ruins

Posted by Ellen

Cine Fenix in Havana was once a 600-seat movie palace; since the revolution, it has been divided into apartments for ten families.

Posted by Ellen

Near Havana, in a boat made of styrofoam blocks.

Posted by Ellen

This 22-foot-high stone wall still stands after more than 800 years, even though it was built entirely without mortar.

It is part of the Great Enclosure, which surrounded the section of the ancient city of Great Zimbabwe that was believed to house the royal family and court from the 13th century up until the city was abandoned, probably in the mid-15th century.

Posted by Ellen

The year of earthquakes in Christchurch, New Zealand, back in 2010 and 2011, left devastation that was still immediately obvious and widespread when we visited in December 2013.

Many ruined buildings were still propped up then, still awaiting demolition. Some repairs had been begun, some new construction was under way, but the city's main shopping district had been displaced into a new popup mall made out of shipping containers.

Christ Church Cathedral, shown here, once dominated the city's central square. As of this writing, no decision has yet been announced concerning whether to repair or replace or simply demolish what's left of the structure. The new popup Cardboard Cathedral a few blocks away has not officially been designated as a replacement. 

Posted by Ellen

The Black Country of Belgium is the Borinage district of Wallonia province, where coal was mined to feed the furnaces of the Industrial Revolution from the 1820s until the 1960s.

The countryside was devastated by slag heaps, ash ponds, and smokestacks, and life in and around the mines was brutal. For more than a century, the miners of Borinage organized labor actions that were violently suppressed; in the 1930s, the mine owners evicted strikers from their homes, and families spent the winter sleeping in the streets while soldiers guarded the empty houses.

Since the last of the mines closed in the 1960s, Borinage has been characterized by Belgium's highest unemployment rates.

Constantin Meunier was a Belgian painter and sculptor of the late nineteenth century whose work often focused on the social impact of industrialization. This painting is believed to date to about 1893.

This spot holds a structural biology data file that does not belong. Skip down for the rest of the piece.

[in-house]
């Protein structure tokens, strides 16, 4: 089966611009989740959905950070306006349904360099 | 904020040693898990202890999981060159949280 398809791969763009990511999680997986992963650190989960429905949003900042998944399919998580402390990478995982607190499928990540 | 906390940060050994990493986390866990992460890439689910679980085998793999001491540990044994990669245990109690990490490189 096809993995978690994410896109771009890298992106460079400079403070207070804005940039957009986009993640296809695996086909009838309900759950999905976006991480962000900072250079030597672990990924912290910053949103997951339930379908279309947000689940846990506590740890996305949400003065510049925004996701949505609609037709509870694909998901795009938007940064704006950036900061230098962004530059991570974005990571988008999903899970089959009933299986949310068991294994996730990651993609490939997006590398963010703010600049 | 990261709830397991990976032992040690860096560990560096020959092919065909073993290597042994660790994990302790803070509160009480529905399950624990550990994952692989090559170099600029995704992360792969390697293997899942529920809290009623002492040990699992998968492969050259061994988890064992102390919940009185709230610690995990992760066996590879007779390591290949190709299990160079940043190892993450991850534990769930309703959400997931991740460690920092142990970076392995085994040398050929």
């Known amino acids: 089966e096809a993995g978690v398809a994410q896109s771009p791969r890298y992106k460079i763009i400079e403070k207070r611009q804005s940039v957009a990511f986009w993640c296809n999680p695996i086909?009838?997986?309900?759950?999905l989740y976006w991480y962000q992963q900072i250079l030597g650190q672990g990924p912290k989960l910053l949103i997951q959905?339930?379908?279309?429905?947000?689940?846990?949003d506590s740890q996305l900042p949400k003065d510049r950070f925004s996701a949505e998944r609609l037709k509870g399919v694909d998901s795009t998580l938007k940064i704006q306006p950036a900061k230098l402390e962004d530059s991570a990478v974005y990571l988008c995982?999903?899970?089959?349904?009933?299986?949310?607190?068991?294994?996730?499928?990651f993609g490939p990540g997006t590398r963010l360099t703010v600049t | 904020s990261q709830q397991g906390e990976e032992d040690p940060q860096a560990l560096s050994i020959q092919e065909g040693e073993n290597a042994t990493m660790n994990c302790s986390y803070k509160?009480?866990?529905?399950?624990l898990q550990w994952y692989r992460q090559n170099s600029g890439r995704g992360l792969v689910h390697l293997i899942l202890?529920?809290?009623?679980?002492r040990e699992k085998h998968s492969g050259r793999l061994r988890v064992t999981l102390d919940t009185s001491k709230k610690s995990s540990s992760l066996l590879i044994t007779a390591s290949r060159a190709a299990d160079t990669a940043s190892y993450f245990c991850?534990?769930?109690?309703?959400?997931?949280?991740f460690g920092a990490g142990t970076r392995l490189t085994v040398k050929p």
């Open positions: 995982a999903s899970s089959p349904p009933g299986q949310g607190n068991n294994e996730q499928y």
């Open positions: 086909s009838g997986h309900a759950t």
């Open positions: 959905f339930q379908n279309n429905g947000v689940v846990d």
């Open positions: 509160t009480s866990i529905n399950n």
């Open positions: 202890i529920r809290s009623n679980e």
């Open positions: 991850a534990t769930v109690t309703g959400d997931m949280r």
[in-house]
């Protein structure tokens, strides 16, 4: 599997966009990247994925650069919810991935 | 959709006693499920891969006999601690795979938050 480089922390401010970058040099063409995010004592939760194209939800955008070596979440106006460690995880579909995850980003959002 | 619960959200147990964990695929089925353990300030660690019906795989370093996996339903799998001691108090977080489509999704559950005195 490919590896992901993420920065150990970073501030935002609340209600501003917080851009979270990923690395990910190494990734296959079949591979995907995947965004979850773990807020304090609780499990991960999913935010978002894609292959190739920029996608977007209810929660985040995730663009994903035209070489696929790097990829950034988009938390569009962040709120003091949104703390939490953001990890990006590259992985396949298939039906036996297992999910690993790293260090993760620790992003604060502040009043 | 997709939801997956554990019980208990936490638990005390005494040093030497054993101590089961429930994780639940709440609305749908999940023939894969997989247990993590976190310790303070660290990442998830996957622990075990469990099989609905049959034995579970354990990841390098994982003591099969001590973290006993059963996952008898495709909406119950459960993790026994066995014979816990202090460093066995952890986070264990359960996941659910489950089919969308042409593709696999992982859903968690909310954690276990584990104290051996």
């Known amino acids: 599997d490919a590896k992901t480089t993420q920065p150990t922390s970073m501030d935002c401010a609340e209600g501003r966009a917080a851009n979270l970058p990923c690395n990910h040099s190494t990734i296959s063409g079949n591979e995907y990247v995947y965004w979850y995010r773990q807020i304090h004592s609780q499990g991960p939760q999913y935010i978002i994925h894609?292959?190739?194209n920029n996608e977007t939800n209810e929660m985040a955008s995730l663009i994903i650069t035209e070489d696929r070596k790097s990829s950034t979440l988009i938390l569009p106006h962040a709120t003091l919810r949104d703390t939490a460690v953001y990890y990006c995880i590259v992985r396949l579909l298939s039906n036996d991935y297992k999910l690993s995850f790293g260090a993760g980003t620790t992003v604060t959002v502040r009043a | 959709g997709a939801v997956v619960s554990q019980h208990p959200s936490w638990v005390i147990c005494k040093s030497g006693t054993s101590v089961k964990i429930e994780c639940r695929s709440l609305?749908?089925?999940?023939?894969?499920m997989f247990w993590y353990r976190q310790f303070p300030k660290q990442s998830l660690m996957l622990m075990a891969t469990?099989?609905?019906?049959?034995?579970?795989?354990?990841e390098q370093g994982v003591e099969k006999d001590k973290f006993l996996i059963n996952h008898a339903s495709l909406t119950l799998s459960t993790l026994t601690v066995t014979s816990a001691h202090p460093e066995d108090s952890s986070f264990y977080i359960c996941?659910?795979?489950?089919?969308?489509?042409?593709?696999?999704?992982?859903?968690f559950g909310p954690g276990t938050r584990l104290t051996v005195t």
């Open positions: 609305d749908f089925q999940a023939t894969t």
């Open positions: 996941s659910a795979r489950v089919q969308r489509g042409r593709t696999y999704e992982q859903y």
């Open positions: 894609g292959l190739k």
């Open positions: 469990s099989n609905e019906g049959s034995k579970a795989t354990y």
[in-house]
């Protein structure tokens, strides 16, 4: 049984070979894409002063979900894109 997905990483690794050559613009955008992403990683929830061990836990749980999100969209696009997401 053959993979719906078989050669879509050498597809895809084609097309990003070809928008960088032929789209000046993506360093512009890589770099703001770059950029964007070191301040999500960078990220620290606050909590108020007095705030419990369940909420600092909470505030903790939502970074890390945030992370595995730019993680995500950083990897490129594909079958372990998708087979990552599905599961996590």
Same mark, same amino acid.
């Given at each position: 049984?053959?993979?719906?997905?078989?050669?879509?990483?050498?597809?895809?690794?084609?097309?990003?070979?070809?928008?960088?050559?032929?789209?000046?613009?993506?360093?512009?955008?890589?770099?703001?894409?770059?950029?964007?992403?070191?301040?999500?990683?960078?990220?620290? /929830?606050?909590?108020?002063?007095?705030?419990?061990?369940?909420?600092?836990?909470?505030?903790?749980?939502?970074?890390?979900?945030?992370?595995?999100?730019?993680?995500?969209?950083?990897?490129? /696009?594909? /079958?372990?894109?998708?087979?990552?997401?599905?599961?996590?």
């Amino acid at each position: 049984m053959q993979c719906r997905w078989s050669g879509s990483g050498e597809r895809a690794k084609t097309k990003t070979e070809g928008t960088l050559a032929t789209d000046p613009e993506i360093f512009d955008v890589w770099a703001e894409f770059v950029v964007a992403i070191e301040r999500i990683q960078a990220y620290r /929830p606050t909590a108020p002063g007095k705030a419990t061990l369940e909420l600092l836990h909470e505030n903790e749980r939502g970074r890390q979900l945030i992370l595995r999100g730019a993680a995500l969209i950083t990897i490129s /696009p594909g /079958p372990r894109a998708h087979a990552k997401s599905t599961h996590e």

Posted by Ellen

Heading south across the James River from downtown Richmond, Virginia, the half-mile-long Manchester Bridge was completed in 1972 to replace a much lower span that was repeatedly damaged by floods.

Barely visible in the distance, near the righthand edge of this picture, are the brick piers of a former railroad bridge that was repeatedly ruined by fire.

The current Manchester Bridge includes a wide pedestrian walkway separating southbound and northbound traffic. This was required by law; in 1920, when the city of Richmond annexed what was then the city of Manchester across the river, the merger documents provided for a free pedestrian bridge across the James, in perpetuity. Until then, the only bridge charged pedestrians a toll, which was so aggravating to residents of Manchester that they voted to dissolve their city government in return for a promise of a toll-free bridge.

The ruined railroad bridge burned for the first time during the Civil War; the Confederates destroyed it–the night they drove old Dixie down–in anticipation of the fall of Richmond. It was rebuilt after the war but burned again in 1882.

Posted by Ellen

They really do like their baseball in Cuba.

Posted by Ellen

The Romans found gold here at Dolaucothi in south Wales, near the village of Pumsaint, in 74 A.D. During five centuries of mining, Roman engineers developed hydraulic works, then a large open pit mine, and eventually vast underground operations, complete with dewatering channels and pumps to keep deep mine tunnels from flooding.

Beginning in the nineteenth century, the British made several tries at reopening the mine, but they gave it up for good in 1938, defeated not so much by lack of gold as by surfeit of water underground. Today, Dolaucothi is a national park, offering mine tours and archaeological exhibits of Roman artifacts found onsite.

Posted by Ellen

German artist EVOL works with stencils and spray paint on concrete walls, steel electrical cabinets, and plain cardboard boxes to create vast high-rise apartment blocks. For this installation in a Berlin parking garage, EVOL works a cross-beam into his creation as a crushing artistic blow.